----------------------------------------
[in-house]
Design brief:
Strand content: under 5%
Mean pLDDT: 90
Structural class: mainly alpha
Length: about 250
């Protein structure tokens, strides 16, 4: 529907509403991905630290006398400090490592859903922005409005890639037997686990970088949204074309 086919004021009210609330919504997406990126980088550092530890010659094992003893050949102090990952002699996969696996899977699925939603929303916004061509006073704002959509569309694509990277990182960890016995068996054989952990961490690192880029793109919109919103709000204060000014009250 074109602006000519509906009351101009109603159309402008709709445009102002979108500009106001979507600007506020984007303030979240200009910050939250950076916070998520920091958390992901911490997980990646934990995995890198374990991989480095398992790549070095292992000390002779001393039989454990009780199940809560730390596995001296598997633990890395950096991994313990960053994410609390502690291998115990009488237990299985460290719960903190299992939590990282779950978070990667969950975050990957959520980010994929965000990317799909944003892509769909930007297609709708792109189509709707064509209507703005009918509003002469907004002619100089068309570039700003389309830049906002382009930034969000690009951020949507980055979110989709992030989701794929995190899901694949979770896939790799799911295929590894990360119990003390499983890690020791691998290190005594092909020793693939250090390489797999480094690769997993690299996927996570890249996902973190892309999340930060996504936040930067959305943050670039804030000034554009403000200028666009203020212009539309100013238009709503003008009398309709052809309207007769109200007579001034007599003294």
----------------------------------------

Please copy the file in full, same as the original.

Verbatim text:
[in-house]
Design brief:
Strand content: under 5%
Mean pLDDT: 90
Structural class: mainly alpha
Length: about 250
């Protein structure tokens, strides 16, 4: 529907509403991905630290006398400090490592859903922005409005890639037997686990970088949204074309 086919004021009210609330919504997406990126980088550092530890010659094992003893050949102090990952002699996969696996899977699925939603929303916004061509006073704002959509569309694509990277990182960890016995068996054989952990961490690192880029793109919109919103709000204060000014009250 074109602006000519509906009351101009109603159309402008709709445009102002979108500009106001979507600007506020984007303030979240200009910050939250950076916070998520920091958390992901911490997980990646934990995995890198374990991989480095398992790549070095292992000390002779001393039989454990009780199940809560730390596995001296598997633990890395950096991994313990960053994410609390502690291998115990009488237990299985460290719960903190299992939590990282779950978070990667969950975050990957959520980010994929965000990317799909944003892509769909930007297609709708792109189509709707064509209507703005009918509003002469907004002619100089068309570039700003389309830049906002382009930034969000690009951020949507980055979110989709992030989701794929995190899901694949979770896939790799799911295929590894990360119990003390499983890690020791691998290190005594092909020793693939250090390489797999480094690769997993690299996927996570890249996902973190892309999340930060996504936040930067959305943050670039804030000034554009403000200028666009203020212009539309100013238009709503003008009398309709052809309207007769109200007579001034007599003294």